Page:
“The work of Professor Hell is an impressive testimony of the high standard of scientific research in Germany. Until recently it was unthinkable what his work has now enabled in the field of light microscopy: an insight into living cells and tissues,” said Dr. Marijn Dekkers, Head of the Executive Board of Bayer AG, at the official presentation of the Hansen Family Award 2011 on 15 March 2011 in Berlin.
With his initially very unusual ideas, the winner Prof. Dr. Stefan W. Hell changed textbook knowledge. “Professor Hell had a strong belief that he could break the diffraction limit in light microscopes discovered by Abbe. With the help of physics, he has overcome the apparently insurmountable barrier to achieve something which is very helpful in medicine and biology,” said Dr. Wolfgang Plischke, Bayer’s Head of Research, explaining the decision of the Board of Trustees.
The findings of the Göttingen physicist have revolutionized light microscopy and led to a new class of microscopes, which can look significantly deeper into the molecular scale of life. The Stimulated Emission Depletion (STED) microscopy and related methods, invented and developed by Hell, allow an up to ten times greater detailed observation in living cells and make structures visible that are much smaller than 200 nanometers. With this, one can separately observe fluorescence-tagged protein complexes of the size of 20 to 50 nanometers, structures that are about 1000 times smaller than the diameter of a human hair. With this level of resolution achieved by Hell, “the dynamics of intercellular events is possible to observe – and will probably show us something new like the light microscope did four hundred years ago,” said Prof. Dr. Ernst-Ludwig Winnacker, Secretary General of the Human Frontier Science Program Organization and Chairman of the Board of Trustees. The awardee stressed in his speech, “It gives me and my co-workers great pleasure to see that this breakthrough in the field of applied physics has found its way into biology and medicine and, in the end, will benefit all.”
Dr. Carmen Rotte | Max-Planck-Institut
The quest for the oldest ice on Earth
14.11.2016 | Alfred-Wegener-Institut, Helmholtz-Zentrum für Polar- und Meeresforschung
Empa Innovation Award for new flame retardant
09.11.2016 | Empa - Eidgenössische Materialprüfungs- und Forschungsanstalt
Physicists of the University of Würzburg have made an astonishing discovery in a specific type of topological insulators. The effect is due to the structure of the materials used. The researchers have now published their work in the journal Science.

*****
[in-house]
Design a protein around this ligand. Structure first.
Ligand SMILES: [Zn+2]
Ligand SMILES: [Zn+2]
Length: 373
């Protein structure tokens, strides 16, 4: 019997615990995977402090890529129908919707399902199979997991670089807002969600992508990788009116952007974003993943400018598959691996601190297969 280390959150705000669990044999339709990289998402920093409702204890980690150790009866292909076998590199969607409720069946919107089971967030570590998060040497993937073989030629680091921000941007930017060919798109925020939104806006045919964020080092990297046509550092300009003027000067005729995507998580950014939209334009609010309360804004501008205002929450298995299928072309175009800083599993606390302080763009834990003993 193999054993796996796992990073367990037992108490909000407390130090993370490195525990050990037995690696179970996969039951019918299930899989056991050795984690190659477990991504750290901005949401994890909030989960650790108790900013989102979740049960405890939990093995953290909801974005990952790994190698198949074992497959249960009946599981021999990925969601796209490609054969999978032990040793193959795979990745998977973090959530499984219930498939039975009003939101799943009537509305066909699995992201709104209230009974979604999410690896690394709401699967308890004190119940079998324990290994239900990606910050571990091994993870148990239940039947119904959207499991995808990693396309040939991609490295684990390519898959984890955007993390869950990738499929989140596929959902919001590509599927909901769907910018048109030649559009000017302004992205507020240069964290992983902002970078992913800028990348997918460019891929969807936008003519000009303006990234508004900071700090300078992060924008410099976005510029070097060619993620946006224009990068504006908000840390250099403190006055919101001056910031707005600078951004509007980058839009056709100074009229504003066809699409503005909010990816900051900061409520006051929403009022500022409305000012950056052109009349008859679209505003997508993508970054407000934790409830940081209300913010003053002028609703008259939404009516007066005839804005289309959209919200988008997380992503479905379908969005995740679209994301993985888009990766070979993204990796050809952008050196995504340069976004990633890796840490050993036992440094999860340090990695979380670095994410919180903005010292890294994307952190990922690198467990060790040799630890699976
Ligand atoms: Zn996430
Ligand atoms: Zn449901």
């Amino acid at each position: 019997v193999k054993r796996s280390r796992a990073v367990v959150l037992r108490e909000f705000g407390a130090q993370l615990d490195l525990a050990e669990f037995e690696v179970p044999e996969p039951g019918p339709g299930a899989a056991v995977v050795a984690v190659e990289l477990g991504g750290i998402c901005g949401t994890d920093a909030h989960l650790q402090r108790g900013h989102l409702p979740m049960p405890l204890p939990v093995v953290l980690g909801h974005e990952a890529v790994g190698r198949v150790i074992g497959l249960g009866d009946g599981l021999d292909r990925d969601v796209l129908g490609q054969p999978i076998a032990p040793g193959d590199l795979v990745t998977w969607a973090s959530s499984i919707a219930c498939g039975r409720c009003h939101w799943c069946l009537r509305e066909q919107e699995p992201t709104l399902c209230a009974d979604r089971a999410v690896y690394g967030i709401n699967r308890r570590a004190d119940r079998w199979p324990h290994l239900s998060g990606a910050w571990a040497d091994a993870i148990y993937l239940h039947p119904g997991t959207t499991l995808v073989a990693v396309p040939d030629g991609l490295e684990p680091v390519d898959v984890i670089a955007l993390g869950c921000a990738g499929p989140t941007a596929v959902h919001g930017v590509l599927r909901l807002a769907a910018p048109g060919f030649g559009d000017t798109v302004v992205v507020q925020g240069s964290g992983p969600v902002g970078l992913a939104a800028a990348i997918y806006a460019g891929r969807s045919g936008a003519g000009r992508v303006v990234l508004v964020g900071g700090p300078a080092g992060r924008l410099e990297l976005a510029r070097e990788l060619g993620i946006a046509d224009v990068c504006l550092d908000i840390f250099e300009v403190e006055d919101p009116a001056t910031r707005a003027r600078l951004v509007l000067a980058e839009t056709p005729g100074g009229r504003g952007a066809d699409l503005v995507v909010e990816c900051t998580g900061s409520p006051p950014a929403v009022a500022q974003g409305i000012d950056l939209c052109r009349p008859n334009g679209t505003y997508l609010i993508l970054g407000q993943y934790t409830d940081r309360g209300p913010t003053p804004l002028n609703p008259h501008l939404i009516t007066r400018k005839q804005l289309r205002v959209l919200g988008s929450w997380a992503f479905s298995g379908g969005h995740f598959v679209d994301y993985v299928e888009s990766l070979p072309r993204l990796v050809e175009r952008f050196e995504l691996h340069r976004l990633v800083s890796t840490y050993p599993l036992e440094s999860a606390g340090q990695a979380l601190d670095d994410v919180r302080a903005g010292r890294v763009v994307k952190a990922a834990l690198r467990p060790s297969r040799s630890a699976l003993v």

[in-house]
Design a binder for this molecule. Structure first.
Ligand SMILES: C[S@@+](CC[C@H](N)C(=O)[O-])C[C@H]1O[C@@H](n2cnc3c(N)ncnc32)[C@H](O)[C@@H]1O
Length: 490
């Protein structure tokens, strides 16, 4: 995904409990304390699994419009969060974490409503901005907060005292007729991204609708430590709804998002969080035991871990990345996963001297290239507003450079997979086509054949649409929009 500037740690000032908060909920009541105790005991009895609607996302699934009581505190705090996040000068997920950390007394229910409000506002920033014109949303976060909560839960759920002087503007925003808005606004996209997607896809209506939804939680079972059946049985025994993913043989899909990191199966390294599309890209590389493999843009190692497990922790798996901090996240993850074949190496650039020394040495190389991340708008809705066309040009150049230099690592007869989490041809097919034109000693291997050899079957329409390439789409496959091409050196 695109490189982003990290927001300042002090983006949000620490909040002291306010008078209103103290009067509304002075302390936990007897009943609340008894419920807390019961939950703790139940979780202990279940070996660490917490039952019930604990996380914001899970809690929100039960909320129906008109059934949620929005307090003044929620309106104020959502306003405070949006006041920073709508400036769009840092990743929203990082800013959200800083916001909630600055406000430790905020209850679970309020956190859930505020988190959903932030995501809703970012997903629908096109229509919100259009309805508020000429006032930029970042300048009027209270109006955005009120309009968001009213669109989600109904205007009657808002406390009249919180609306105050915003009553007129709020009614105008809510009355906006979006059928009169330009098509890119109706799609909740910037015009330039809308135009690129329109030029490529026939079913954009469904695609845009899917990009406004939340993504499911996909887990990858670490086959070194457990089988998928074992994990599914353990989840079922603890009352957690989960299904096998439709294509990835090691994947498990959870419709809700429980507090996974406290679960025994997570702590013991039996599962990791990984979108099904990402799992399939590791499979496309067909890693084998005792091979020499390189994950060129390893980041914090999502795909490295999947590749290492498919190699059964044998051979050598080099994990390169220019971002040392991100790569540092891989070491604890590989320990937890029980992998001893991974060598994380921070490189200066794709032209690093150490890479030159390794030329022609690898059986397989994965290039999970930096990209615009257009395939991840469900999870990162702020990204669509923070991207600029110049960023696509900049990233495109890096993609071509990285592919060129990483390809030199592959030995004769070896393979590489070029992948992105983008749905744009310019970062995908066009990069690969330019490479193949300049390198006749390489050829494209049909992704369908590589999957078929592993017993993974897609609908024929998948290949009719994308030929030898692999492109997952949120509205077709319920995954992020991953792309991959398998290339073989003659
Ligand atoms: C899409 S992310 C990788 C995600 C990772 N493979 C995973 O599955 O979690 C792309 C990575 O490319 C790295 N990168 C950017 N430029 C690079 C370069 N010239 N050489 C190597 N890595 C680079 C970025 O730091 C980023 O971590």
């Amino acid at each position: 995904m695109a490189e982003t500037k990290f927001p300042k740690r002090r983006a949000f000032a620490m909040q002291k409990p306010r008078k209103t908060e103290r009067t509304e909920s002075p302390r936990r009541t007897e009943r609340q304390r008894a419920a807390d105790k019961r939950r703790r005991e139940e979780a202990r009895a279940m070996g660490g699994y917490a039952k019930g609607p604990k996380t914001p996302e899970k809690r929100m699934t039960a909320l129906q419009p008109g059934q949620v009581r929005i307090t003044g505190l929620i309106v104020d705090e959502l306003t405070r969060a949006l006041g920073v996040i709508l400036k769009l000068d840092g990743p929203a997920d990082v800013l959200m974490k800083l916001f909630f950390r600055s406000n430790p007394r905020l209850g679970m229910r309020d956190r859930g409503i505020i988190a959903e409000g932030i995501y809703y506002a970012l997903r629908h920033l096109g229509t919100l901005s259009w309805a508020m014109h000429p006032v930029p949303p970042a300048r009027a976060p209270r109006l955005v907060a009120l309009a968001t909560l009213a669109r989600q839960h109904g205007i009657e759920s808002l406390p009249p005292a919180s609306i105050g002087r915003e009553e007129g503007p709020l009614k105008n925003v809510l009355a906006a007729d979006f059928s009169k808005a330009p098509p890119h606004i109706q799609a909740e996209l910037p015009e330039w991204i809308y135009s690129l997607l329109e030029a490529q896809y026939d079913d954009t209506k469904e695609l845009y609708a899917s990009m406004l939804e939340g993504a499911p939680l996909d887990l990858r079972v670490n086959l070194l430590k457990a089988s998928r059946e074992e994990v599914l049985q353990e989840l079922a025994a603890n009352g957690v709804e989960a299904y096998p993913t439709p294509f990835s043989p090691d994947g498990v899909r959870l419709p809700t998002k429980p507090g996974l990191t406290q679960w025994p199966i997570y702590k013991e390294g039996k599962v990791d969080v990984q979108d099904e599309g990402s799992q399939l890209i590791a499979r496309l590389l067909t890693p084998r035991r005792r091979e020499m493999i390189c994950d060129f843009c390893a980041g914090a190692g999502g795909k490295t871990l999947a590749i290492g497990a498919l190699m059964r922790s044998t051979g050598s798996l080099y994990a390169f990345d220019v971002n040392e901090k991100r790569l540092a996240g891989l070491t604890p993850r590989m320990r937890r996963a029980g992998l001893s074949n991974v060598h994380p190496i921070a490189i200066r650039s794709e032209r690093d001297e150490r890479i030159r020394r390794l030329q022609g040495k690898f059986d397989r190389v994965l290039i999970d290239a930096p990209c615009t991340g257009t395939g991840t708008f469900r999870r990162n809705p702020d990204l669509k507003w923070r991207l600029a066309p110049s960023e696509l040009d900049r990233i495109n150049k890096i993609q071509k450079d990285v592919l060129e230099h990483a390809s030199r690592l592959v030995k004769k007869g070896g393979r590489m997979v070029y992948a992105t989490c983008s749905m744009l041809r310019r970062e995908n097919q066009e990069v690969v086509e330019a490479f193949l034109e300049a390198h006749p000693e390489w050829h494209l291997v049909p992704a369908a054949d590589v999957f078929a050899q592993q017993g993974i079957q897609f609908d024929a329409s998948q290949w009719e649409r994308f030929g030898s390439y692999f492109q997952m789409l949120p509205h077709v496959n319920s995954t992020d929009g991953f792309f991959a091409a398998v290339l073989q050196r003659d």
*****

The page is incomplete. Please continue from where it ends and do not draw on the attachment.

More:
Topological insulators are currently the hot topic in physics according to the newspaper Neue Zürcher Zeitung. Only a few weeks ago, their importance was...
In recent years, lasers with ultrashort pulses (USP) down to the femtosecond range have become established on an industrial scale. They could advance some applications with the much-lauded “cold ablation” – if that meant they would then achieve more throughput. A new generation of process engineering that will address this issue in particular will be discussed at the “4th UKP Workshop – Ultrafast Laser Technology” in April 2017.
Even back in the 1990s, scientists were comparing materials processing with nanosecond, picosecond and femtosesecond pulses. The result was surprising:...
Have you ever wondered how you see the world? Vision is about photons of light, which are packets of energy, interacting with the atoms or molecules in what...
A multi-institutional research collaboration has created a novel approach for fabricating three-dimensional micro-optics through the shape-defined formation of porous silicon (PSi), with broad impacts in integrated optoelectronics, imaging, and photovoltaics.
Working with colleagues at Stanford and The Dow Chemical Company, researchers at the University of Illinois at Urbana-Champaign fabricated 3-D birefringent...
In experiments with magnetic atoms conducted at extremely low temperatures, scientists have demonstrated a unique phase of matter: The atoms form a new type of quantum liquid or quantum droplet state. These so called quantum droplets may preserve their form in absence of external confinement because of quantum effects. The joint team of experimental physicists from Innsbruck and theoretical physicists from Hannover report on their findings in the journal Physical Review X.
“Our Quantum droplets are in the gas phase but they still drop like a rock,” explains experimental physicist Francesca Ferlaino when talking about the...
16.11.2016 | Event News
01.11.2016 | Event News
14.10.2016 | Event News
09.12.2016 | Life Sciences
09.12.2016 | Ecology, The Environment and Conservation
09.12.2016 | Health and Medicine